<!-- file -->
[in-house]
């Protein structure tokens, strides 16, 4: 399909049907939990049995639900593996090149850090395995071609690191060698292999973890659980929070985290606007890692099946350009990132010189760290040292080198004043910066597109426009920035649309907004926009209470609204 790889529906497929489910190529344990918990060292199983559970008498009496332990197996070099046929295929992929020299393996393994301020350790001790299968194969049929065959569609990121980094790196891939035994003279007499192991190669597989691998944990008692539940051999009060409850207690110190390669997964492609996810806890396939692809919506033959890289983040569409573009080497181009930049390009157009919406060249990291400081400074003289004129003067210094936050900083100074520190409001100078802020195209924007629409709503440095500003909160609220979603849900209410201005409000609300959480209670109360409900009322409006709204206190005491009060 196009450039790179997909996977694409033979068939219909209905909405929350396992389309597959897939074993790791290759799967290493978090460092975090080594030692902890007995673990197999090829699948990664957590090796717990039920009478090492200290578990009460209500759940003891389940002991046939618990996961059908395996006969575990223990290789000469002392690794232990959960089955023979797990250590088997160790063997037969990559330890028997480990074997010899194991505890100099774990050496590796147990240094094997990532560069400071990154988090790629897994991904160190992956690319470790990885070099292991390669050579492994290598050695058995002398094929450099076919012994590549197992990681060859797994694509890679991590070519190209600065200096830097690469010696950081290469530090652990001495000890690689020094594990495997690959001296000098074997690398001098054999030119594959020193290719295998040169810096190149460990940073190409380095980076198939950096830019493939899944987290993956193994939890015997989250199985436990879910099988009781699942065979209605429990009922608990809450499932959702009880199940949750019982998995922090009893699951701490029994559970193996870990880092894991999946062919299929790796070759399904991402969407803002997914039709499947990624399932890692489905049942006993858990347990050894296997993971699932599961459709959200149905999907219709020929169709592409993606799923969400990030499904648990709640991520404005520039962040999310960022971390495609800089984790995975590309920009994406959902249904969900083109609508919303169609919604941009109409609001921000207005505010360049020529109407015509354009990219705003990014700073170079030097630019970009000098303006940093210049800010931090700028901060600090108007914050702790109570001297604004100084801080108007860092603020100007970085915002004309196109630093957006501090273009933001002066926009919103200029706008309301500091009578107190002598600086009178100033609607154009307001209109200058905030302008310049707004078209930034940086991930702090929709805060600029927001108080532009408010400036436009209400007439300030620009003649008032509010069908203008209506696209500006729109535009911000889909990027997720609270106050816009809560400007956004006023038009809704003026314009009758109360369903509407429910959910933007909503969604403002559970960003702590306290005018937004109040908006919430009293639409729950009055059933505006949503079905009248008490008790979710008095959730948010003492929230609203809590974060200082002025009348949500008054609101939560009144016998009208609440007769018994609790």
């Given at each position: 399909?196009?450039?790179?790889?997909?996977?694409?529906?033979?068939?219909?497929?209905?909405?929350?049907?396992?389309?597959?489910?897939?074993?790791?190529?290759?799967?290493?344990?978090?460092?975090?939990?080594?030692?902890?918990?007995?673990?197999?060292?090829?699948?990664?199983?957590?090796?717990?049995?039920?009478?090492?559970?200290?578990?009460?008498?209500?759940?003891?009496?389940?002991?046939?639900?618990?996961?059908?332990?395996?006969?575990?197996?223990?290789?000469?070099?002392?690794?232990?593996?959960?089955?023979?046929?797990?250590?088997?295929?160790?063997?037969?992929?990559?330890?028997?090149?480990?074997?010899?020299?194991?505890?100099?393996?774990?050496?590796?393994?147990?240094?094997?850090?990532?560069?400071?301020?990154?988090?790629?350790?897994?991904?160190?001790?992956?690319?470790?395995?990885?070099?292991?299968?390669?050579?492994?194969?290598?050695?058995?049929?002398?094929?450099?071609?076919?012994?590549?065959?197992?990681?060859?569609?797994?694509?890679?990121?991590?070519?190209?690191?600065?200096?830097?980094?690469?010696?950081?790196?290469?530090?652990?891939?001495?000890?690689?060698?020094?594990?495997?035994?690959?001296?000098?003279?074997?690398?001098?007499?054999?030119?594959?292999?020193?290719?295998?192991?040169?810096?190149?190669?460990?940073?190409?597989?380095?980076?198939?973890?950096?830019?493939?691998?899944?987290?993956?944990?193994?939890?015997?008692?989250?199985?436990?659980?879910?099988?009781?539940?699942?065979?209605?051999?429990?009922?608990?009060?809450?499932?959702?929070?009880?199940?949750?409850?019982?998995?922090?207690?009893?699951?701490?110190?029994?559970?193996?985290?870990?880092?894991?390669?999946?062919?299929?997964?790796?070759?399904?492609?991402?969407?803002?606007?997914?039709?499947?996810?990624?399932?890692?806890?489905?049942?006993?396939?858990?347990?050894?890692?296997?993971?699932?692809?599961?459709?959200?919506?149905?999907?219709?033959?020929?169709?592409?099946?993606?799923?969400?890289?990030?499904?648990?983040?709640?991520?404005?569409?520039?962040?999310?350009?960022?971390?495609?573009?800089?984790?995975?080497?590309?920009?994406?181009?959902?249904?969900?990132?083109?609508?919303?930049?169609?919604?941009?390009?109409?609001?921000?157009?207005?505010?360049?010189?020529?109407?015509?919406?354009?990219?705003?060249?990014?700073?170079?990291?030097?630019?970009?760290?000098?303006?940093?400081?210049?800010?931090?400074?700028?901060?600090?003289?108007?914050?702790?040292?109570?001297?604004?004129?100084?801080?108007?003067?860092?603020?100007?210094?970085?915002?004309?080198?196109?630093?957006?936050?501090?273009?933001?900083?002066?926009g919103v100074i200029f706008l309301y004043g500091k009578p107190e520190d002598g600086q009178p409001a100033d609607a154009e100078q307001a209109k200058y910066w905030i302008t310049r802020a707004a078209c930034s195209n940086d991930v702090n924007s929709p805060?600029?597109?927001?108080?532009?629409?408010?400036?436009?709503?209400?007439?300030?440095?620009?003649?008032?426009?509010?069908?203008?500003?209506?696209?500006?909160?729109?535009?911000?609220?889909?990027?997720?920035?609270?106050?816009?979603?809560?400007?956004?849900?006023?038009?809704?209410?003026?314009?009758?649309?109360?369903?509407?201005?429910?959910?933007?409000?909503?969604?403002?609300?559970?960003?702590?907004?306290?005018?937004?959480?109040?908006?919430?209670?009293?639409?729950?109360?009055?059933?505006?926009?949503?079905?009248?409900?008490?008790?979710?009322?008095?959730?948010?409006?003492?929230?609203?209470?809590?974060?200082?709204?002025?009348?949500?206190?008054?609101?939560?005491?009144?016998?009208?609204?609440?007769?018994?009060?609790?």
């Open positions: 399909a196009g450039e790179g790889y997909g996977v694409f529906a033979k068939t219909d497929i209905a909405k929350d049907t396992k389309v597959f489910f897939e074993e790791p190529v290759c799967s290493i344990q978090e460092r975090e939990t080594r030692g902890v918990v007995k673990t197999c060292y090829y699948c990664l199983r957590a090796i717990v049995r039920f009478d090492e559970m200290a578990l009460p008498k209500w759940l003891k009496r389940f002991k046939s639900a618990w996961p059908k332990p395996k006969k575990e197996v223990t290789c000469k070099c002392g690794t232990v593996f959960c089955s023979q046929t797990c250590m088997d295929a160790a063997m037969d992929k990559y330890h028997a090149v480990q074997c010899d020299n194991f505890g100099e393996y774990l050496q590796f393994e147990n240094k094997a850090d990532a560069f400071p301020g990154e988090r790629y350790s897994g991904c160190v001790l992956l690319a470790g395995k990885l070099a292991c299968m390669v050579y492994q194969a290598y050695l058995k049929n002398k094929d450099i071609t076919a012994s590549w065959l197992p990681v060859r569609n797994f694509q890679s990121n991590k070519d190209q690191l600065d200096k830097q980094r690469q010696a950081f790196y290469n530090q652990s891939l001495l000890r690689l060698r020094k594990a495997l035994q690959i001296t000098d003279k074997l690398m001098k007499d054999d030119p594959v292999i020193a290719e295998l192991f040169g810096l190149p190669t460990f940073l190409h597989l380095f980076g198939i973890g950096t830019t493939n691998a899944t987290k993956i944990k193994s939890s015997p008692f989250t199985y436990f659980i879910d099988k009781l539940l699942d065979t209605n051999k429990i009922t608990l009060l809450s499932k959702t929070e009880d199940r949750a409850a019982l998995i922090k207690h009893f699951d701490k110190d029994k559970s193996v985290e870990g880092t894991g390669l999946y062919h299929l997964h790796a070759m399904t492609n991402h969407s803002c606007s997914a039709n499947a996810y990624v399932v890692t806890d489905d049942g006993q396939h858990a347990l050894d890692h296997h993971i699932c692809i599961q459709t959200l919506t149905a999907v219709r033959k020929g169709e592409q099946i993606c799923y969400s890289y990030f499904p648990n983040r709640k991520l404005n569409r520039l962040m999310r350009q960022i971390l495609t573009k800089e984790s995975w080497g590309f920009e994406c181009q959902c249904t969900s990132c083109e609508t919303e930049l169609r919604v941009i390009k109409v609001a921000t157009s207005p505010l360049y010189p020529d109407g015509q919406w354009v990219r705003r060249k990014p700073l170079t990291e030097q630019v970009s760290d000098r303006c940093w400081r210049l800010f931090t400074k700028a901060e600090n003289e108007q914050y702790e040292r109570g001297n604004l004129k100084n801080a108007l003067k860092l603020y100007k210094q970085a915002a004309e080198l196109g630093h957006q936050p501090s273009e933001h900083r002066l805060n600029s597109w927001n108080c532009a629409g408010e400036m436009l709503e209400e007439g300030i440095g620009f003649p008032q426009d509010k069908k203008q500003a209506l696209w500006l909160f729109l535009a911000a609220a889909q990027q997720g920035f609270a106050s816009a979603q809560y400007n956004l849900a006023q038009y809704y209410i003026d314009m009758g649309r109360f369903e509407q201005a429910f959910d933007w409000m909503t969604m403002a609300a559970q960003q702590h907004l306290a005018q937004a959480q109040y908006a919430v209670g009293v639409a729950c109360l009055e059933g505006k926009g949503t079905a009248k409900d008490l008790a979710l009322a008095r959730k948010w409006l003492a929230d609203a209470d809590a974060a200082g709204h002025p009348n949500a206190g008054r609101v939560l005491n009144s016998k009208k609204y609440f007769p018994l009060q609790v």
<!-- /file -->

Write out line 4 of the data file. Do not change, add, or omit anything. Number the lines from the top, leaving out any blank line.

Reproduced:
């Open positions: 399909a196009g450039e790179g790889y997909g996977v694409f529906a033979k068939t219909d497929i209905a909405k929350d049907t396992k389309v597959f489910f897939e074993e790791p190529v290759c799967s290493i344990q978090e460092r975090e939990t080594r030692g902890v918990v007995k673990t197999c060292y090829y699948c990664l199983r957590a090796i717990v049995r039920f009478d090492e559970m200290a578990l009460p008498k209500w759940l003891k009496r389940f002991k046939s639900a618990w996961p059908k332990p395996k006969k575990e197996v223990t290789c000469k070099c002392g690794t232990v593996f959960c089955s023979q046929t797990c250590m088997d295929a160790a063997m037969d992929k990559y330890h028997a090149v480990q074997c010899d020299n194991f505890g100099e393996y774990l050496q590796f393994e147990n240094k094997a850090d990532a560069f400071p301020g990154e988090r790629y350790s897994g991904c160190v001790l992956l690319a470790g395995k990885l070099a292991c299968m390669v050579y492994q194969a290598y050695l058995k049929n002398k094929d450099i071609t076919a012994s590549w065959l197992p990681v060859r569609n797994f694509q890679s990121n991590k070519d190209q690191l600065d200096k830097q980094r690469q010696a950081f790196y290469n530090q652990s891939l001495l000890r690689l060698r020094k594990a495997l035994q690959i001296t000098d003279k074997l690398m001098k007499d054999d030119p594959v292999i020193a290719e295998l192991f040169g810096l190149p190669t460990f940073l190409h597989l380095f980076g198939i973890g950096t830019t493939n691998a899944t987290k993956i944990k193994s939890s015997p008692f989250t199985y436990f659980i879910d099988k009781l539940l699942d065979t209605n051999k429990i009922t608990l009060l809450s499932k959702t929070e009880d199940r949750a409850a019982l998995i922090k207690h009893f699951d701490k110190d029994k559970s193996v985290e870990g880092t894991g390669l999946y062919h299929l997964h790796a070759m399904t492609n991402h969407s803002c606007s997914a039709n499947a996810y990624v399932v890692t806890d489905d049942g006993q396939h858990a347990l050894d890692h296997h993971i699932c692809i599961q459709t959200l919506t149905a999907v219709r033959k020929g169709e592409q099946i993606c799923y969400s890289y990030f499904p648990n983040r709640k991520l404005n569409r520039l962040m999310r350009q960022i971390l495609t573009k800089e984790s995975w080497g590309f920009e994406c181009q959902c249904t969900s990132c083109e609508t919303e930049l169609r919604v941009i390009k109409v609001a921000t157009s207005p505010l360049y010189p020529d109407g015509q919406w354009v990219r705003r060249k990014p700073l170079t990291e030097q630019v970009s760290d000098r303006c940093w400081r210049l800010f931090t400074k700028a901060e600090n003289e108007q914050y702790e040292r109570g001297n604004l004129k100084n801080a108007l003067k860092l603020y100007k210094q970085a915002a004309e080198l196109g630093h957006q936050p501090s273009e933001h900083r002066l805060n600029s597109w927001n108080c532009a629409g408010e400036m436009l709503e209400e007439g300030i440095g620009f003649p008032q426009d509010k069908k203008q500003a209506l696209w500006l909160f729109l535009a911000a609220a889909q990027q997720g920035f609270a106050s816009a979603q809560y400007n956004l849900a006023q038009y809704y209410i003026d314009m009758g649309r109360f369903e509407q201005a429910f959910d933007w409000m909503t969604m403002a609300a559970q960003q702590h907004l306290a005018q937004a959480q109040y908006a919430v209670g009293v639409a729950c109360l009055e059933g505006k926009g949503t079905a009248k409900d008490l008790a979710l009322a008095r959730k948010w409006l003492a929230d609203a209470d809590a974060a200082g709204h002025p009348n949500a206190g008054r609101v939560l005491n009144s016998k009208k609204y609440f007769p018994l009060q609790v």